The Instant Ramen Museum (Ikeda City, Osaka, Japan)
I found this museum by accident on the internet. Not until then, I didn't know the instant noodle was invented by a Taiwanese Japanese. For some reasons, I am still suspecious about the fact even now.
The museum was established in 1999. It is the first museum of instant noodle in the world. The founder, Nissin Food Products Co., Ltd., has had a very long relationship with instant noodle. Actually, instant noodle was invented by the founder of the company, Momofuku Ando, in 1958. In memory of Ando, this two-floor museum was built. Its purpose is to introduce the invention and development of instant noodles. The first floor includes reception area and exhibition hall, while the second floor is mainly activity room.
My cousin and I happily discovered that the museum offers free admission. However, when we inquired the activity of instant noodle making, we were told that only limited number of visitors can participate the activity and it was full booked already. It's such a pity. We couldn't afford to wait until the next session, so it became the first "regret" of the day.
The diorama of a shabby house in the center attracted my attention when we entered the exhibition area. It is a reconstruction of the environment where Ando invented the very first instant noodles. I wasn't very keen on this kind of exhibition, because I always got the feeling whether to enter or not, whether I can touch the set or not, and the objects somehow look unreal. I came out of the tiny house in disappointment. There is nothing too special about it.
The following part of the visit was really interesting. On the wall in the left hand side, there's a very long timeline, introducing both the important event in the Japanese history and the history of Nissin company. At the beginning of the timeline, there're many packs of instant noodles and some carton box. My counsin, who grows up in Japan, told me, it is the very first kind of instant noodle that Nissin produced. Walking around the area, I arrived the other side of the exhibition. Films were projected on the white wall. I took a closer look. It's telling the story of the invention of instant noodle. After I finished watching the film, I finally realized there's also very "profound" knowledge in it. The shape of the noodle, what kind of dried vegetable to use, what kind of material for cups, etc. all need to be concerned and checked. I've never thought of it this way, coz instant noodle is just too common in my life. I came to understand that there's always something smart out there, even for something very common in our lives.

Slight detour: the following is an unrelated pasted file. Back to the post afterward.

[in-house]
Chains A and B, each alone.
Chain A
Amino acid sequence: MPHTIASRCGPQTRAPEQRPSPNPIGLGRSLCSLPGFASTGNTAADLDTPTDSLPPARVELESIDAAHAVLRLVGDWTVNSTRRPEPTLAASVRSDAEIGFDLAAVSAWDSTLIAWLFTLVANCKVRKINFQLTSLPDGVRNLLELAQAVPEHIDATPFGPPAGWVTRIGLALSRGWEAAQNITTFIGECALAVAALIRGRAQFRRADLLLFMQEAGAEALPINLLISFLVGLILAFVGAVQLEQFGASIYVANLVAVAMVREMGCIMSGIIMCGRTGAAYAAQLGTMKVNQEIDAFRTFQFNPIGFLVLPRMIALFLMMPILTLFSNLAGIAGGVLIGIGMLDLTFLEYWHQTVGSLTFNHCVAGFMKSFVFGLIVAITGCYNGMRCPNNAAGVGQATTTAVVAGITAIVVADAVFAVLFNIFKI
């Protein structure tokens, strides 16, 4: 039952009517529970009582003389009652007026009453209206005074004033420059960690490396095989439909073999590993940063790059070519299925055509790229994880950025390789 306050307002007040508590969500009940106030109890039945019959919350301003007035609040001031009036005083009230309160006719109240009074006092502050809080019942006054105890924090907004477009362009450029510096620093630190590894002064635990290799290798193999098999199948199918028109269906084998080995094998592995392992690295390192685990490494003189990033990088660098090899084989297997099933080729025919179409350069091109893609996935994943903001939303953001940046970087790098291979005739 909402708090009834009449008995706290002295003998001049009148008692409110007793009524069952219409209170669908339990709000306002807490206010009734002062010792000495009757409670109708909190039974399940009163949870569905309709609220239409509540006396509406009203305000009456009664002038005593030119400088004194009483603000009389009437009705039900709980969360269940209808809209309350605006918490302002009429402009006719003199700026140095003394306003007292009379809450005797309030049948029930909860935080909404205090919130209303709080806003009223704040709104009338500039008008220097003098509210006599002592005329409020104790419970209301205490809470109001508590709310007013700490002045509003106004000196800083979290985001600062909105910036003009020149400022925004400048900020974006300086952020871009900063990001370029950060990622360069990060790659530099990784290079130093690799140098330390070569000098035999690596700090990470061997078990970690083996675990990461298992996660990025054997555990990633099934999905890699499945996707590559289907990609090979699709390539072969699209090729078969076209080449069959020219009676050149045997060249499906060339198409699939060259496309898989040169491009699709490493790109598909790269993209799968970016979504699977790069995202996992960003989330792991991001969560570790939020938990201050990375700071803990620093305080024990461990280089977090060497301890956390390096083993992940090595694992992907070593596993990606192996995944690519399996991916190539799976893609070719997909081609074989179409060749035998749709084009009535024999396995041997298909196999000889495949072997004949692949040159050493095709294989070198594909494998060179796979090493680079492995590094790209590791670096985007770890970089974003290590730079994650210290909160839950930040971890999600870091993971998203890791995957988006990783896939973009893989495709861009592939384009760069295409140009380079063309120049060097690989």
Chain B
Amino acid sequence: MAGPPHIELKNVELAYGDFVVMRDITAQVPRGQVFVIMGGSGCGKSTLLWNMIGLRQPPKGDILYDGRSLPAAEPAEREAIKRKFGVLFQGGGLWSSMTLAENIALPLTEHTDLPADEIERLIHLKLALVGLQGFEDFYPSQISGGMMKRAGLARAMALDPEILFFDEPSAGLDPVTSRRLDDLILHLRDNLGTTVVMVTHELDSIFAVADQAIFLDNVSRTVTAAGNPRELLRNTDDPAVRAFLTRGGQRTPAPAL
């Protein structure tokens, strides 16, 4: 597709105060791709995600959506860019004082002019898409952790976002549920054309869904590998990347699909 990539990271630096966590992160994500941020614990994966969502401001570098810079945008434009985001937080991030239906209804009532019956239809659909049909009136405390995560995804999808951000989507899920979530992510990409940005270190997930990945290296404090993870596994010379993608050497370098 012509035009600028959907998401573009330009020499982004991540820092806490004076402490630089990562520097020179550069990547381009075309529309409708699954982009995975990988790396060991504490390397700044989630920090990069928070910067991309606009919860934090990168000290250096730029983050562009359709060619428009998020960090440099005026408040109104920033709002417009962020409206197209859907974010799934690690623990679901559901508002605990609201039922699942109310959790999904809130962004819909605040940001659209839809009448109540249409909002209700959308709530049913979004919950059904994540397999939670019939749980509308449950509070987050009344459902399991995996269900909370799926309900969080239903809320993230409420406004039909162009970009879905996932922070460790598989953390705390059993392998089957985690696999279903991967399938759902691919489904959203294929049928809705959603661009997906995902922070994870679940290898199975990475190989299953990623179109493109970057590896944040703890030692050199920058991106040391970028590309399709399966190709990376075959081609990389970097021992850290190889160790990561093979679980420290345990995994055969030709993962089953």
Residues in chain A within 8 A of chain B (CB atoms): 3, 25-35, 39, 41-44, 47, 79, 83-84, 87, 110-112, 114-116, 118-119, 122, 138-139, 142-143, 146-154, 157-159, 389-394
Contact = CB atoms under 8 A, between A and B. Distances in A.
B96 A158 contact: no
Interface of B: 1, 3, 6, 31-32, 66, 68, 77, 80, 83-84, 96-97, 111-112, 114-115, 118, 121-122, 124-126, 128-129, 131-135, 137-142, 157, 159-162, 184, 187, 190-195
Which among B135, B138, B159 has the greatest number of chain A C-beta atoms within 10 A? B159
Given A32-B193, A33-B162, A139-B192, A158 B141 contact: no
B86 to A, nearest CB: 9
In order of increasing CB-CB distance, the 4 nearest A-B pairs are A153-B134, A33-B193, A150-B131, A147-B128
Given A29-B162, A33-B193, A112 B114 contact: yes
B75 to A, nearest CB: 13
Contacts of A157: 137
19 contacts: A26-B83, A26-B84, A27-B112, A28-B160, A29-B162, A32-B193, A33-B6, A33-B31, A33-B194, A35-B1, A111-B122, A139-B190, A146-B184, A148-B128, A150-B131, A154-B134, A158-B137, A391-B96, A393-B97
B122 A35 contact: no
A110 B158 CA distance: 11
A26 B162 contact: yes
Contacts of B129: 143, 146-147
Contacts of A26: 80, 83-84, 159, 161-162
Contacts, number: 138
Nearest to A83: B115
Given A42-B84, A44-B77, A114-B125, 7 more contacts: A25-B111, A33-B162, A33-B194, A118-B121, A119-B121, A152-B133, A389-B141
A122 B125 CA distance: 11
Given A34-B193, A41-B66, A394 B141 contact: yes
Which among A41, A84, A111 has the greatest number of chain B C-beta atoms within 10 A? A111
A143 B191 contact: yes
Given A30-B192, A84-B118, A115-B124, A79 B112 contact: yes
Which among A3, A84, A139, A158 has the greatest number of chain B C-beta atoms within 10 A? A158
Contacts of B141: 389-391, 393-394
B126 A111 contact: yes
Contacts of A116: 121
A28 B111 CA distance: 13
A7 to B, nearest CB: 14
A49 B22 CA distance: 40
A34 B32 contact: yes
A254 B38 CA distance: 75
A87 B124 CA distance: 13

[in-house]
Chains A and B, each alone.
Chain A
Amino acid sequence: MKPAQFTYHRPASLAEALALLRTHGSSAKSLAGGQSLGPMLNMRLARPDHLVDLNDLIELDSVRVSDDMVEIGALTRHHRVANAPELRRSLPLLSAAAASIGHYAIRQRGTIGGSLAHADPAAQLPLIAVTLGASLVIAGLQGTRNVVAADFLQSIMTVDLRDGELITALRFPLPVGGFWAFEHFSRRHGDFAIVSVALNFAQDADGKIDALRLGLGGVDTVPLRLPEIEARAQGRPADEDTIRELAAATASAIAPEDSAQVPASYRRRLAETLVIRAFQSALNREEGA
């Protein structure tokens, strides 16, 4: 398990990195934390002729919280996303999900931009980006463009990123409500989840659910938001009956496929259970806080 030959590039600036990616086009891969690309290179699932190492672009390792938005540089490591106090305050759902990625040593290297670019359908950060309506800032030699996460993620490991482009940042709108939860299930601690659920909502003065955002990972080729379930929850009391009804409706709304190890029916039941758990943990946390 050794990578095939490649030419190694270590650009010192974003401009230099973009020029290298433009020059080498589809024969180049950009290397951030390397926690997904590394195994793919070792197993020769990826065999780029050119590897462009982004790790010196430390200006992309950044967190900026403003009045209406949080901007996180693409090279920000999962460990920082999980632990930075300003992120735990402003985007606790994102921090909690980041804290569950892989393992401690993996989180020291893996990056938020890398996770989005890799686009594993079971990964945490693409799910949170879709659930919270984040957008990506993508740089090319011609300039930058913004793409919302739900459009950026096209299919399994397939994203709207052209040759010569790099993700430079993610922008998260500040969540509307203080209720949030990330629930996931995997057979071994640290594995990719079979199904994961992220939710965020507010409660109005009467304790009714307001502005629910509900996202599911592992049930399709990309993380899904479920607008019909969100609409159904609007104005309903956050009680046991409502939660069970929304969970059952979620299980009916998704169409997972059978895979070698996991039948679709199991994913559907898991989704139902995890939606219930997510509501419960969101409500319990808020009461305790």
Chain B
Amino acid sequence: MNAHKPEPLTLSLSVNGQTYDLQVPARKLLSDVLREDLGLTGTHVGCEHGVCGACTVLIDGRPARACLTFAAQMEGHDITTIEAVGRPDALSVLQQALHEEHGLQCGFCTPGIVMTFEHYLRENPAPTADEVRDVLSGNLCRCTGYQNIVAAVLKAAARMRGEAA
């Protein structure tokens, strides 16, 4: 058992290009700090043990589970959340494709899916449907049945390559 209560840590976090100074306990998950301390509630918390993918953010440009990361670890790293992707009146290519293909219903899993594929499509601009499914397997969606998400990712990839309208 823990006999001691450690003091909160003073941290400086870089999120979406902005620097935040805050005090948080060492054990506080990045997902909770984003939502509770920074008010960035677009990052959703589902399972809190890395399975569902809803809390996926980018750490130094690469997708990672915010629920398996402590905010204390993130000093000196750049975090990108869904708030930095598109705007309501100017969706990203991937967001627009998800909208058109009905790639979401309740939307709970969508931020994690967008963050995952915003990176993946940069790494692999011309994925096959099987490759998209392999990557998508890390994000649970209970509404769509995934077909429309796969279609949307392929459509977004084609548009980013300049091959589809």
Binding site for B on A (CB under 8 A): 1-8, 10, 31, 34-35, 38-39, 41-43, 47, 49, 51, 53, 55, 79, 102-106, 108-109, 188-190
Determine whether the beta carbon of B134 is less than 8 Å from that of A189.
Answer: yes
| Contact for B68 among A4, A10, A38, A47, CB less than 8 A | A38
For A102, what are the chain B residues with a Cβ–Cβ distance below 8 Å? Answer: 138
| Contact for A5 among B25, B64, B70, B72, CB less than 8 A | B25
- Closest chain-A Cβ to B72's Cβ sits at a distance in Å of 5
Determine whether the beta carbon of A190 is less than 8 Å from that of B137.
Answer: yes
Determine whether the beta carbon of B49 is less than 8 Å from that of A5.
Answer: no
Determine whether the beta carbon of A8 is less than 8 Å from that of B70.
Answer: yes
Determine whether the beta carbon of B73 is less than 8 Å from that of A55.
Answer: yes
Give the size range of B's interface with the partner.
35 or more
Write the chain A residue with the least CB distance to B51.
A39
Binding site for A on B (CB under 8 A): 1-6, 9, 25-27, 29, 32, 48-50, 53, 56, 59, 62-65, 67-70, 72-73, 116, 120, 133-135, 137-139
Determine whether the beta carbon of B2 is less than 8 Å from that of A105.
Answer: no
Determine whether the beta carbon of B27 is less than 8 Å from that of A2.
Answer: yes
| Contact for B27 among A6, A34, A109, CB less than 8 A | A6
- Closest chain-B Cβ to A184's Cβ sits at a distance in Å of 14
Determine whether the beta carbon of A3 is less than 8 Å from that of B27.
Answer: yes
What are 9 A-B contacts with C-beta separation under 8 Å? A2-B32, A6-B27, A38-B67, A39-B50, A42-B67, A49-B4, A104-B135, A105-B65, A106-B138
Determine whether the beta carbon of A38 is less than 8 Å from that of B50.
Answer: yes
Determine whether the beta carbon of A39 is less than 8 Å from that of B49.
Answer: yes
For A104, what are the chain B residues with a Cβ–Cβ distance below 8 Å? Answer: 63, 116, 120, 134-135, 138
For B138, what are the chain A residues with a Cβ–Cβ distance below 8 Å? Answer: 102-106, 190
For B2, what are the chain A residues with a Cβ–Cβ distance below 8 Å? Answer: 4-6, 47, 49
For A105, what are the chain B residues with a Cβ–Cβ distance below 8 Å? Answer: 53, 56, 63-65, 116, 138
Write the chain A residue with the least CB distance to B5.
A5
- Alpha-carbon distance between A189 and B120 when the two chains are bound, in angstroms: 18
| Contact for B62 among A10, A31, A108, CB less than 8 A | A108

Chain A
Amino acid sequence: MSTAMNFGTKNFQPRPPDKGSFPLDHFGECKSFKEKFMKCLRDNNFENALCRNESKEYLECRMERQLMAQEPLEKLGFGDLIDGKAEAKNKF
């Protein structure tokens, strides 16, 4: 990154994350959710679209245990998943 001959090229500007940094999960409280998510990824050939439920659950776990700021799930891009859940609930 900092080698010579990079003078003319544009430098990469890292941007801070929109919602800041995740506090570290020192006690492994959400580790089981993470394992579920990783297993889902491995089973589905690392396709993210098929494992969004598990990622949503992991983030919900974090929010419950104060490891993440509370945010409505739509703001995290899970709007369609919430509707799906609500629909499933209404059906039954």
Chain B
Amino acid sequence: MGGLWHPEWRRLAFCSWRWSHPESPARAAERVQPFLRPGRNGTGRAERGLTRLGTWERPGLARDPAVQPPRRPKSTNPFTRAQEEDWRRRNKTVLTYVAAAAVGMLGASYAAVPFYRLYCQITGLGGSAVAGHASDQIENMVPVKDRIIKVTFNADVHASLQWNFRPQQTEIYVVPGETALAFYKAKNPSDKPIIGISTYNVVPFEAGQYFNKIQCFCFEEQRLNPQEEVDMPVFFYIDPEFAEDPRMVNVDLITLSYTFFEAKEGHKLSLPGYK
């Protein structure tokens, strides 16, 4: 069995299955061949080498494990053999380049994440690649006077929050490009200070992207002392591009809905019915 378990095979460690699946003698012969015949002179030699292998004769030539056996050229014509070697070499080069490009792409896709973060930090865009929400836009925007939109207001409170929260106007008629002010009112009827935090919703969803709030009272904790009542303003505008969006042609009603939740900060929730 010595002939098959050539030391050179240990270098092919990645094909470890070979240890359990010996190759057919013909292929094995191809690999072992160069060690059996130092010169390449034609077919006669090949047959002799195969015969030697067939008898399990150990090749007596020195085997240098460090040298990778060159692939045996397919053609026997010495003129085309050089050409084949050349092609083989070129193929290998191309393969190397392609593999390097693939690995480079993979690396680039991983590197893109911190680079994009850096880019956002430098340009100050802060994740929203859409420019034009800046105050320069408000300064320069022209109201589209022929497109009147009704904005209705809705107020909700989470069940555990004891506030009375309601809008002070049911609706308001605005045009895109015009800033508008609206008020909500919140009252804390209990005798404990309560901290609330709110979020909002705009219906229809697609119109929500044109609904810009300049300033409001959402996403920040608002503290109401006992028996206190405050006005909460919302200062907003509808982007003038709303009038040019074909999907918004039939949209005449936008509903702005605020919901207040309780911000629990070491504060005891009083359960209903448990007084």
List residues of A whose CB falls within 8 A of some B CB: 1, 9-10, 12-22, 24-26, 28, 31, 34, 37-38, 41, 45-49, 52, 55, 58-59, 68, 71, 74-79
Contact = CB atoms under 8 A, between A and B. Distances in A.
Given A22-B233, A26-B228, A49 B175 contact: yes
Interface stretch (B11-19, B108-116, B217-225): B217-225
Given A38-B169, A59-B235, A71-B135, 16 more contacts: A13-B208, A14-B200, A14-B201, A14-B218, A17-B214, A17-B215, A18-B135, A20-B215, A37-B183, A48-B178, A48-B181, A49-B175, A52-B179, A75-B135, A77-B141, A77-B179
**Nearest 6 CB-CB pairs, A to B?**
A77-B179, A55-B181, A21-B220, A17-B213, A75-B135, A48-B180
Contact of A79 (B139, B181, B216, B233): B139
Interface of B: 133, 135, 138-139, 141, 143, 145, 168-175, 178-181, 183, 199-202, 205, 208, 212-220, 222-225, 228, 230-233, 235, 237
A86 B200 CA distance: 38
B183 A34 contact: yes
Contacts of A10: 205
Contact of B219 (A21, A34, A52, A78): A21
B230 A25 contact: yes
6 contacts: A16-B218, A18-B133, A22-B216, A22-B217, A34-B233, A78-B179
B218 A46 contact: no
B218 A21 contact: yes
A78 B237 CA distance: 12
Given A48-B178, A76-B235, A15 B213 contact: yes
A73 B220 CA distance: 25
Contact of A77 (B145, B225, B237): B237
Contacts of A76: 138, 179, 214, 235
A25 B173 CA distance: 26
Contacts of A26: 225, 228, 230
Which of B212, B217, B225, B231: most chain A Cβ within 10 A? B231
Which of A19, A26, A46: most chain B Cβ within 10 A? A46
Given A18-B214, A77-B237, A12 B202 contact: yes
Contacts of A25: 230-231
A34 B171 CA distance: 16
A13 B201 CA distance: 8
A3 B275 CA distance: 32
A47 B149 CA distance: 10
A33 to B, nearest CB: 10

After we finished the film, we sat down in front of a touch screen monitor. Many programs can be chosen. We watched the sequence of instant noodle production (11 steps), the secret of popular Nissin products, how to cook and eat instant noodle (with recipe to be printed), and then played the quiz. I don't know a single Japanese word... and how did I win the prize? Well, of course, with the help of my counsin, I could also receive a souvenir from the museum.
Exhibits around the touch screen monitors are easily neglected by the visitors. According to my observation, most visitors leave the area after they finish the touch screen program. Curious as we were, we stepped ahead and found that it's an exhibition of various products sold in different countries. It explains the characteristics of products in different countries. For example, the noodle is longer in Asian countries, and longer in Europe and America due to dietary habits.
The other wall is filled up with packages and boxes, showing all the products of Nissin company. Two screen under these products are broadcasting old advertisements. On the corridor, there're also peripheral products that were developed along with instant noodles. Japanese are so brilliant with their business mind! Among all kinds of instant noodles I saw on the wall, the most surprising kind is the instant spaghetti. After I moved to Italy, I became picky as Italians when talking about cooking pasta. I really can not imagine how spaghetti can be made into instant noodle. I will definitely try it if I see it in the market.
The last part of the exhibition is about all the prizes Ando and Nissin received in the past. One is about Ando's contribution and help to solve world famine. This is very interesting, because I always take instant noodle as something innutritious. However, I forgot to write down the name of the organization that awarded the prize to Ando, so I've got no clue to do some further check now.
The visit took us about an house to complete. It's much longer than I expected coz the exhibition itself is not that big. We went upstairs to check the activity. It's not too interesting just looking at it, so we decided to go down to the reception and eat some instant noodles. Right, there's an area where the museum offer hot water and chopsticks for its visitors. You can readily prepare your own cup of noodle once you purchase it from the reception. It's quite a new experience for me. It's a pity that there's no museum shop. It will be wonderful to have a place where I can find every kind of Nissin products. If there's such "service" in the museum that day, I probably would buy lots of different stuff and move them all back to my grandpa's place.
PS. 紅色的文字是2005/8/30看了時報週刊的非常人物以後改的, 原來安藤百福原名吳百福, 是台灣台南人!
I corrected the read word after reading an article about Ando in a Taiwanese magazine. He is a Taiwanese who emmigrated to Japan in his twenties. Wu is his original family name, from Tainan, Taiwan.